...click here to read more


pdfParadox, Pompey, and the Female Mosquito

The ancient historian Tacitus recounts that when Jerusalem was conquered and the Roman general Pompey walked into the Holy of Holies in the Temple, he found it empty. Surely this perplexed the future Emperor. Uniquely among ancient civilizations, there was no image or picture of God in the Temple. Pompey probably did not know it, but he was witnessing Judaism’s greatest counterintuitive gift to the world.

  ...click here to read more


pdfParadox, Pompey, and the Female Mosquito

The ancient historian Tacitus recounts that when Jerusalem was conquered and the Roman general Pompey walked into the Holy of Holies in the Temple, he found it empty. Surely this perplexed the future Emperor. Uniquely among ancient civilizations, there was no image or picture of God in the Temple. Pompey probably did not know it, but he was witnessing Judaism’s greatest counterintuitive gift to the world.

  ...click here to read more


 

pdfTorah: To Elevate Or Denigrate?

"Jerusalem was destroyed" teaches the Talmud, "because judgments were rendered strictly upon the law of the Torah." In other words, the quality of mercy was missing from the courts of the day. Untempered by humility and humanity, the law is destructive.

  ...click here to read more


pdf5 Books For Everyone to Read

I'm often asked to recommend books. Here 5 unique and powerful modern works that you may have missed or forgotten. These works will enrich, elevate and educate any Jew, indeed, any human being. 

  ...click here to read more


pdfGive it Away!

Rabbi Tarfon was very rich. One day Rabbi Akiva met him and said "My master, shall I purchase for you a town or two?" "Yes" said Rabbi Tarfon, and immediately gave Rabbi Akiva 4,000 gold dinars. Akiva distributed the money to poor scholars. 

  ...click here to read more


pdfIdolatry

Idolatry is alluring. An idol is something one can touch and feel and is made with human hands. Although idols in antiquity traditionally represented forces beyond themselves, they were still the visible, tangible symbols to which people clung and to which they prayed.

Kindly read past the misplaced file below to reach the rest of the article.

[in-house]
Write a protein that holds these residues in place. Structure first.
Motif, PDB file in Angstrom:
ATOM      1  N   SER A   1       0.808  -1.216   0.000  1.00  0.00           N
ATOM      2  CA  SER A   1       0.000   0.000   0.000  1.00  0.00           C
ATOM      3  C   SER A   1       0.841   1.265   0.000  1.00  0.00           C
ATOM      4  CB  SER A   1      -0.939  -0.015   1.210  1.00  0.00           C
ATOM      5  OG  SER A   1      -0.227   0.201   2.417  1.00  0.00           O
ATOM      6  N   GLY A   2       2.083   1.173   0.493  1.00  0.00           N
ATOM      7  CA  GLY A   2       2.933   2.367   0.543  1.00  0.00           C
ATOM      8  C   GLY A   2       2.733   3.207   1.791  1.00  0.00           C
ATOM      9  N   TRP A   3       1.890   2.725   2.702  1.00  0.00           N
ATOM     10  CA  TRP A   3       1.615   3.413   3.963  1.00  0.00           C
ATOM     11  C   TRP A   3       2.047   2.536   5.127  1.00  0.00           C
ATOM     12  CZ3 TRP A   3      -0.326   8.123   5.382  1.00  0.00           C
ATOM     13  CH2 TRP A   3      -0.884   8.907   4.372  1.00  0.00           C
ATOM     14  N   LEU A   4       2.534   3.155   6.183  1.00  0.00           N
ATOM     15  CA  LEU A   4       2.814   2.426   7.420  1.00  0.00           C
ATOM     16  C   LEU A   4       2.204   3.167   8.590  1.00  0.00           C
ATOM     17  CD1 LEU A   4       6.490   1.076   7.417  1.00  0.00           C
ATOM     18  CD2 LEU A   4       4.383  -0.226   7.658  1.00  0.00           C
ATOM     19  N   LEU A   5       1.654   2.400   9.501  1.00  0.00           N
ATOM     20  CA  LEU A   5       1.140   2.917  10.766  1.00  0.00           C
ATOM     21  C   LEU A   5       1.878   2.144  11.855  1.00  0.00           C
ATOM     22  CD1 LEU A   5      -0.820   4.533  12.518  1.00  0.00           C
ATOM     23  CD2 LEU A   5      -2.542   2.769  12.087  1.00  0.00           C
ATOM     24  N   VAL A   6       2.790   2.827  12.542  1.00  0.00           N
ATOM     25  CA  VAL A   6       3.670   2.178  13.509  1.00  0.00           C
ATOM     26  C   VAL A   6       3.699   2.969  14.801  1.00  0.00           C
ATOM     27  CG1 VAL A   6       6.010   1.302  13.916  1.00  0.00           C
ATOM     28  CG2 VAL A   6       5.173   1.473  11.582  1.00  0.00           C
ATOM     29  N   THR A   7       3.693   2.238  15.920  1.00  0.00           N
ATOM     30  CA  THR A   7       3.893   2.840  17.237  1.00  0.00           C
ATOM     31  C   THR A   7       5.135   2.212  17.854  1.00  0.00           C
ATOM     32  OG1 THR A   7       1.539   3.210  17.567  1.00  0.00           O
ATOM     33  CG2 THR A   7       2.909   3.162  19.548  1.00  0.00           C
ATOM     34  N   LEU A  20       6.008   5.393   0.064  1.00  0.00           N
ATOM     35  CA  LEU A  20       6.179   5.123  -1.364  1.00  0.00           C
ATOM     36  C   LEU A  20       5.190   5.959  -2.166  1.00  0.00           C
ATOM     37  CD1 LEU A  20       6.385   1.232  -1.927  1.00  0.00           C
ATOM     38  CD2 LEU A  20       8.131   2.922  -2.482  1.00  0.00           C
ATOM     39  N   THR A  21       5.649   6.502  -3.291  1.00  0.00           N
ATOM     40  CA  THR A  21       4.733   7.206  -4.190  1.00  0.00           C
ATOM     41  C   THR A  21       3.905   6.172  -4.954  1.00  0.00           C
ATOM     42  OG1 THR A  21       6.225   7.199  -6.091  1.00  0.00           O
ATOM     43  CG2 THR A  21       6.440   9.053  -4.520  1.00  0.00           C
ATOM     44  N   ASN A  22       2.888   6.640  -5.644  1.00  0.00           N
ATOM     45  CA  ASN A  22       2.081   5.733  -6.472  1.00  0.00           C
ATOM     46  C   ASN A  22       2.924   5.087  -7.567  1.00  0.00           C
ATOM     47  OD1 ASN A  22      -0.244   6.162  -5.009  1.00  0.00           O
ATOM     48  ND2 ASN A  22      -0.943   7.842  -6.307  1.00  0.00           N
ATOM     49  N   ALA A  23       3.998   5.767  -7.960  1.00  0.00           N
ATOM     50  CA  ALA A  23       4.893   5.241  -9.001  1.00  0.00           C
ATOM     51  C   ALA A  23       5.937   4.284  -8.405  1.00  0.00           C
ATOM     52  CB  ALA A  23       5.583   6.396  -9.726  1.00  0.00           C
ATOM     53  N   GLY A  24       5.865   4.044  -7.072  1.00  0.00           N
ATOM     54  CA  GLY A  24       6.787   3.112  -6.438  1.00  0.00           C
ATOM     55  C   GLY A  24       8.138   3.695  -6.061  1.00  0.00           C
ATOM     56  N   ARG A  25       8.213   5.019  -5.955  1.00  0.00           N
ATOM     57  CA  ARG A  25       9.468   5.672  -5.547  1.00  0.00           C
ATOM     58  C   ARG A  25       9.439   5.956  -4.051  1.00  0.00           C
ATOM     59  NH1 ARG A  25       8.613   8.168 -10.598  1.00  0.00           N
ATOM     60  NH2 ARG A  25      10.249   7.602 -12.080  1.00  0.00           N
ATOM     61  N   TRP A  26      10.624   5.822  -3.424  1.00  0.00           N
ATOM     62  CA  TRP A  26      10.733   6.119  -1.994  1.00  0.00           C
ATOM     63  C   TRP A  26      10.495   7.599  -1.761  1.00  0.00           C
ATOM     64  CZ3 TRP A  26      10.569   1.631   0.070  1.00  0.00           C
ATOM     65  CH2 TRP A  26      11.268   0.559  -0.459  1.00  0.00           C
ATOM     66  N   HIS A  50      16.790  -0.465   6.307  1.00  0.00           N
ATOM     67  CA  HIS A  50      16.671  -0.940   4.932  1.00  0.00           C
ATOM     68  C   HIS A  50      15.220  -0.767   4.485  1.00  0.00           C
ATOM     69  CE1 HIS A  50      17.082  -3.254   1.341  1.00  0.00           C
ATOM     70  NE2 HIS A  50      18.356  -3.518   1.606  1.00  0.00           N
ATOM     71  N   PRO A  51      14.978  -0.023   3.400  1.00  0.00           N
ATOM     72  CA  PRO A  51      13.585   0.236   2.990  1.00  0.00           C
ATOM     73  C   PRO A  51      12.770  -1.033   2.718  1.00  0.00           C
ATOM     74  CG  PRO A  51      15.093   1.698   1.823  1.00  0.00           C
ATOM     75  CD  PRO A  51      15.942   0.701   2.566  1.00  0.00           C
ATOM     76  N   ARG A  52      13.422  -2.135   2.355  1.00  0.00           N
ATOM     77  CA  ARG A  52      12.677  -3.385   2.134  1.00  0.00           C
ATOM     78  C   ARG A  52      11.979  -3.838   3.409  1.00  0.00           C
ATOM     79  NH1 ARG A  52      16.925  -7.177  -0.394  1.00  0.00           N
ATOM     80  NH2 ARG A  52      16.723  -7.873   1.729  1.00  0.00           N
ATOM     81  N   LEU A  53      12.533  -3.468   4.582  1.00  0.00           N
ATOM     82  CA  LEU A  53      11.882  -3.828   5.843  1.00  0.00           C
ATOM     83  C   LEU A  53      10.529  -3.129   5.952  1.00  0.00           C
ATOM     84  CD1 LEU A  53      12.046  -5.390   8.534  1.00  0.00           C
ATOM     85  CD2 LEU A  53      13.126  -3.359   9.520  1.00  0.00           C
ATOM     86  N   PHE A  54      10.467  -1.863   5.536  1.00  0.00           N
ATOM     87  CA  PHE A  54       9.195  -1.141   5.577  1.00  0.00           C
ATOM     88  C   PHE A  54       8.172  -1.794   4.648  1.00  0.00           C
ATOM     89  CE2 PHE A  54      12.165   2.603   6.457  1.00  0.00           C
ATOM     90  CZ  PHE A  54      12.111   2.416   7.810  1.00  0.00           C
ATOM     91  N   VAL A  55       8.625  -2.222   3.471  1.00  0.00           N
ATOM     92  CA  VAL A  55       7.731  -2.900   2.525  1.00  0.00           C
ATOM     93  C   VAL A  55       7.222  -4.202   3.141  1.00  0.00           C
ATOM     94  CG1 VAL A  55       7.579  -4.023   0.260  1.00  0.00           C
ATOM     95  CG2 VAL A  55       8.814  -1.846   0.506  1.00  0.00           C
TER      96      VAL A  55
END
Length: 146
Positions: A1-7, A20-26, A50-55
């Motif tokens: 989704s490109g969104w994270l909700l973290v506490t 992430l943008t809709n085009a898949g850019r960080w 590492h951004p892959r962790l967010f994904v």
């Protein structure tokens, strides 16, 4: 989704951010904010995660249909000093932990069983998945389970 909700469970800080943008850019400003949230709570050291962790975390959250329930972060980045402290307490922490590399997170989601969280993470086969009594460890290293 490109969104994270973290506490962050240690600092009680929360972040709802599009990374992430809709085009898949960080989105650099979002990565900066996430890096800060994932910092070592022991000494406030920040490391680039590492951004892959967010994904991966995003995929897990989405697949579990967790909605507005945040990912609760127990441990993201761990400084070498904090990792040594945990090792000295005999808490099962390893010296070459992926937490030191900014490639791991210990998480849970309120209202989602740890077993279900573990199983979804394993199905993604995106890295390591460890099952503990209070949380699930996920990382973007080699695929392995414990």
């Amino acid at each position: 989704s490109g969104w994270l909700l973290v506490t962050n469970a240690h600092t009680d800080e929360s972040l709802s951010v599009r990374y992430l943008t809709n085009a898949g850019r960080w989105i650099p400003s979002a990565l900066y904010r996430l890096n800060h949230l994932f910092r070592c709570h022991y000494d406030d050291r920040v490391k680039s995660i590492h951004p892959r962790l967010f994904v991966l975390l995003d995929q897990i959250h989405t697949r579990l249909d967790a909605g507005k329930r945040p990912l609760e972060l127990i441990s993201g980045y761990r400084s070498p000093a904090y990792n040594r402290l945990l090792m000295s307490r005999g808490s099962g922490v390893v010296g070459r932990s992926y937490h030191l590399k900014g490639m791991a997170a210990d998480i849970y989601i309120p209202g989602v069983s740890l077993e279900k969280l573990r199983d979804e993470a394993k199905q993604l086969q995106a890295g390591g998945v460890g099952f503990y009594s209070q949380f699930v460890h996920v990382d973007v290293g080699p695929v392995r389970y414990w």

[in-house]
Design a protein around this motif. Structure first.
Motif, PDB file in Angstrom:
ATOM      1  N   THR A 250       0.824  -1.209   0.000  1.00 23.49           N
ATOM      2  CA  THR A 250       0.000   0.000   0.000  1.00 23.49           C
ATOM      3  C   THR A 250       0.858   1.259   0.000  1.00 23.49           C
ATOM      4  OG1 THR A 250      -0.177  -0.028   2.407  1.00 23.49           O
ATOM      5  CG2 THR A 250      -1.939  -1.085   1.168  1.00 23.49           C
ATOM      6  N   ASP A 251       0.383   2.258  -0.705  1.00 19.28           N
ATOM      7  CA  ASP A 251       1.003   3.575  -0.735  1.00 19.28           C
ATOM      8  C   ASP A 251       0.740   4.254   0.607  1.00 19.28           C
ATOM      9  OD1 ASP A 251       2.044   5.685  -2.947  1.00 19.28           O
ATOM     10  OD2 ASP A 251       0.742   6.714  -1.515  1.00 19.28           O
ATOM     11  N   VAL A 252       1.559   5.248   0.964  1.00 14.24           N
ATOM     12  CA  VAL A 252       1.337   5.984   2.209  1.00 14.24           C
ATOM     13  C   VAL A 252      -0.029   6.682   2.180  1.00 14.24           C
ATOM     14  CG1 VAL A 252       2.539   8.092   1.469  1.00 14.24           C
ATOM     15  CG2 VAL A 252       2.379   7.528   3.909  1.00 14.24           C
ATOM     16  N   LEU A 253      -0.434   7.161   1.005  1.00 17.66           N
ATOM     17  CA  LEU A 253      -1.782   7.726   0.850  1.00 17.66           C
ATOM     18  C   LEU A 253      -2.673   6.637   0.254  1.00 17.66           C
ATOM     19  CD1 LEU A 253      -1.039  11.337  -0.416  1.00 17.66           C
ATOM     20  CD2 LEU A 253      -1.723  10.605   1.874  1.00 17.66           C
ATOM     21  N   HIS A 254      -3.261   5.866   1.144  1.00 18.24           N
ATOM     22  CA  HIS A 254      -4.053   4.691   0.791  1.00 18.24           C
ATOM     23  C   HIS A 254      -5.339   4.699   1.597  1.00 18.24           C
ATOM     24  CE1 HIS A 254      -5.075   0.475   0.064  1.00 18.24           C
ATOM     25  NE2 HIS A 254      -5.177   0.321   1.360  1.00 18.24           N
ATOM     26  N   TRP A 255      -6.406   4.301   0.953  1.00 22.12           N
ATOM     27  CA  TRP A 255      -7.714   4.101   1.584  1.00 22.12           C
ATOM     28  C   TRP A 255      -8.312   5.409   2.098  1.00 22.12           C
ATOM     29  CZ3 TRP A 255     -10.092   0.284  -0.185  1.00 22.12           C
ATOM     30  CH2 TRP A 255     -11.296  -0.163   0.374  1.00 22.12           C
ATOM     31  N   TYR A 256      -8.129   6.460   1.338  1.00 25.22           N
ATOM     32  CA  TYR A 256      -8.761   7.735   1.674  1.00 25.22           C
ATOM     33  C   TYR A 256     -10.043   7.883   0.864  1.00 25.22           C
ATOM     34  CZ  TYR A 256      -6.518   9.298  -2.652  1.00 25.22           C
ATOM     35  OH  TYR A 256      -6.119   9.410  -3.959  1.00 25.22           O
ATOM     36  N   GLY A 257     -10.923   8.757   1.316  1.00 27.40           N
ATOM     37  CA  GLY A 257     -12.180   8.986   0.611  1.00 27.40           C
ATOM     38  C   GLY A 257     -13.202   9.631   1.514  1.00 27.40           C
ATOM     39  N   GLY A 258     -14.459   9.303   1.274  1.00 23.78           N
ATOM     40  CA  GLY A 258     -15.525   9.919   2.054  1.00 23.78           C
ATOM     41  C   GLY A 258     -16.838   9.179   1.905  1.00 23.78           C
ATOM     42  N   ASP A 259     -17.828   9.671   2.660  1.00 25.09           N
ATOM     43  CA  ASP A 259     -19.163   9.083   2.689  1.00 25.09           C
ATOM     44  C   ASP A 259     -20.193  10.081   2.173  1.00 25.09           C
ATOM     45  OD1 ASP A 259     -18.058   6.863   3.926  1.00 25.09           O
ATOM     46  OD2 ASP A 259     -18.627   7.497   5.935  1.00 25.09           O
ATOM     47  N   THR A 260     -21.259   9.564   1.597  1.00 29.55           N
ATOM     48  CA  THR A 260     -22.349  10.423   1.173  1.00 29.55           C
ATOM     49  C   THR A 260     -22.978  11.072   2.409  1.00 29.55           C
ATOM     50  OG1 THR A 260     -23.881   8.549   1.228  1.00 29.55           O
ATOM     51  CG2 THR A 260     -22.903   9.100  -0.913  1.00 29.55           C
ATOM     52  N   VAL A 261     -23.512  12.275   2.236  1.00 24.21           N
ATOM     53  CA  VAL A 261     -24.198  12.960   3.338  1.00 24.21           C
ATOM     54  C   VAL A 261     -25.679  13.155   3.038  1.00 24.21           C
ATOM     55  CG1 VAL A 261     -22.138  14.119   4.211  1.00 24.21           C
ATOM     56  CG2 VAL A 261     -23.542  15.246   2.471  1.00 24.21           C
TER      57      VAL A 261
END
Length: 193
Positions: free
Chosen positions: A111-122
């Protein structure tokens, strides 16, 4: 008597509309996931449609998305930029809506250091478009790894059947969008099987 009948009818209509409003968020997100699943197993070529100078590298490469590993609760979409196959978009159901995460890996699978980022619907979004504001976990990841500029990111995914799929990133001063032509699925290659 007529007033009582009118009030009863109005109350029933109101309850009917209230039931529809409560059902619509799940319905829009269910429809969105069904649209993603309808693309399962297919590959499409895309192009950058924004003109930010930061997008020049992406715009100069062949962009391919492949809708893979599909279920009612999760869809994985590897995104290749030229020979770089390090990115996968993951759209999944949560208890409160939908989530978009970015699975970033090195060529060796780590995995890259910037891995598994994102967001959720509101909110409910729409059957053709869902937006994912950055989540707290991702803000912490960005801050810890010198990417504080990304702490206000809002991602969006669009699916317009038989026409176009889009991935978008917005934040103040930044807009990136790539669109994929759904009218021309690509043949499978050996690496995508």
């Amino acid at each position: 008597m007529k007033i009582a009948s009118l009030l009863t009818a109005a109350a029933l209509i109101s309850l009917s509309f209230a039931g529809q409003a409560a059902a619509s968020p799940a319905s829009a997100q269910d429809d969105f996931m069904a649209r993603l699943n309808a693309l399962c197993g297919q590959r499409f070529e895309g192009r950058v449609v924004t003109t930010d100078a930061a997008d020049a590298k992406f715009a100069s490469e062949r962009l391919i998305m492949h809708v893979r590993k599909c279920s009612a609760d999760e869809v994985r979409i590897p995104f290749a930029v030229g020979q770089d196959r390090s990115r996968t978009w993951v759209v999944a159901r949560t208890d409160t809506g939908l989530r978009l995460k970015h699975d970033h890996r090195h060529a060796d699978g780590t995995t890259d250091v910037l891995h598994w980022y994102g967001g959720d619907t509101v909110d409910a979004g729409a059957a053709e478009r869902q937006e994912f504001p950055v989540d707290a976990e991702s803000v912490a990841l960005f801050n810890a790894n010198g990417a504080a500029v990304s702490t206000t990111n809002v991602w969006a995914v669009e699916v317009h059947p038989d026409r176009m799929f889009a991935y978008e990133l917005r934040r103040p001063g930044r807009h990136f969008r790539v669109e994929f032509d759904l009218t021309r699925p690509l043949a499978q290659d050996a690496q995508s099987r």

...click here to read more


 

 

 

 

 

January

pdfBaseball and Memory

When I was nine my father took me from Harrisburg to Baltimore for my first live baseball game. The Orioles won, 6-2 (I remember that Elston Howard hit a home run for the Yankees.) We drove back home and I slept the entire way, shocked and muddled when we pulled up in front of the house. 

  ...click here to read more


pdfThe Masterpiece of Sorrow

The book of Job is sunk in sorrow. It tells the troubling story of a man tested by every misfortune, including the egregious speeches of his friends, who manages nonetheless to keep faith. Job refuses to turn away from the God who has turned away from him. 

  ...click here to read more


 

pdfNo Knowing God

Our ideas of God are expressed through metaphors. Since we cannot begin to know what God is, we try to imagine what God is like — a King, a rock, a father, a fortress, a protector. As we expand our images so we expand our conception of God. 

When we read in Isaiah, "As a mother comforts her son, so I will comfort you" (66:13) it presents a different God than the usual imagery. It is the same God, of course, but our minds and souls embrace a larger idea. 

...click here to read more